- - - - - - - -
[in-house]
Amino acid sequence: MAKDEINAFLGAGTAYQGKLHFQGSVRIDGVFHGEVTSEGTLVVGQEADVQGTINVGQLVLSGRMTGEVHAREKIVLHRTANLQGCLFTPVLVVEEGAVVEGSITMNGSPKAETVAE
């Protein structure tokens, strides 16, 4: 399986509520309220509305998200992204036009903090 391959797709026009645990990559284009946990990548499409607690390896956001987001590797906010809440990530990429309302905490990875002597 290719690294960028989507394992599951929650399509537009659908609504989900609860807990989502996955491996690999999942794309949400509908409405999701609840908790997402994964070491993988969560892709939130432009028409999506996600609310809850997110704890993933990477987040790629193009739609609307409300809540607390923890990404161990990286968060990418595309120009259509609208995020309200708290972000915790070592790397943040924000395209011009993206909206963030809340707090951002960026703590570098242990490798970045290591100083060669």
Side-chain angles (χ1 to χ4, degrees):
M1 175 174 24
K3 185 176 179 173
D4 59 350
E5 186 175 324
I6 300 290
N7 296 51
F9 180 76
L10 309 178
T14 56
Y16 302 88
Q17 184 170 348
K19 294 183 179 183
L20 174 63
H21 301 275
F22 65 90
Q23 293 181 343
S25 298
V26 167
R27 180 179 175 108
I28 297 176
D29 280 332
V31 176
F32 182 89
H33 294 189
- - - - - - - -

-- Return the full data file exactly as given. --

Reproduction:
[in-house]
Amino acid sequence: MAKDEINAFLGAGTAYQGKLHFQGSVRIDGVFHGEVTSEGTLVVGQEADVQGTINVGQLVLSGRMTGEVHAREKIVLHRTANLQGCLFTPVLVVEEGAVVEGSITMNGSPKAETVAE
């Protein structure tokens, strides 16, 4: 399986509520309220509305998200992204036009903090 391959797709026009645990990559284009946990990548499409607690390896956001987001590797906010809440990530990429309302905490990875002597 290719690294960028989507394992599951929650399509537009659908609504989900609860807990989502996955491996690999999942794309949400509908409405999701609840908790997402994964070491993988969560892709939130432009028409999506996600609310809850997110704890993933990477987040790629193009739609609307409300809540607390923890990404161990990286968060990418595309120009259509609208995020309200708290972000915790070592790397943040924000395209011009993206909206963030809340707090951002960026703590570098242990490798970045290591100083060669």
Side-chain angles (χ1 to χ4, degrees):
M1 175 174 24
K3 185 176 179 173
D4 59 350
E5 186 175 324
I6 300 290
N7 296 51
F9 180 76
L10 309 178
T14 56
Y16 302 88
Q17 184 170 348
K19 294 183 179 183
L20 174 63
H21 301 275
F22 65 90
Q23 293 181 343
S25 298
V26 167
R27 180 179 175 108
I28 297 176
D29 280 332
V31 176
F32 182 89
H33 294 189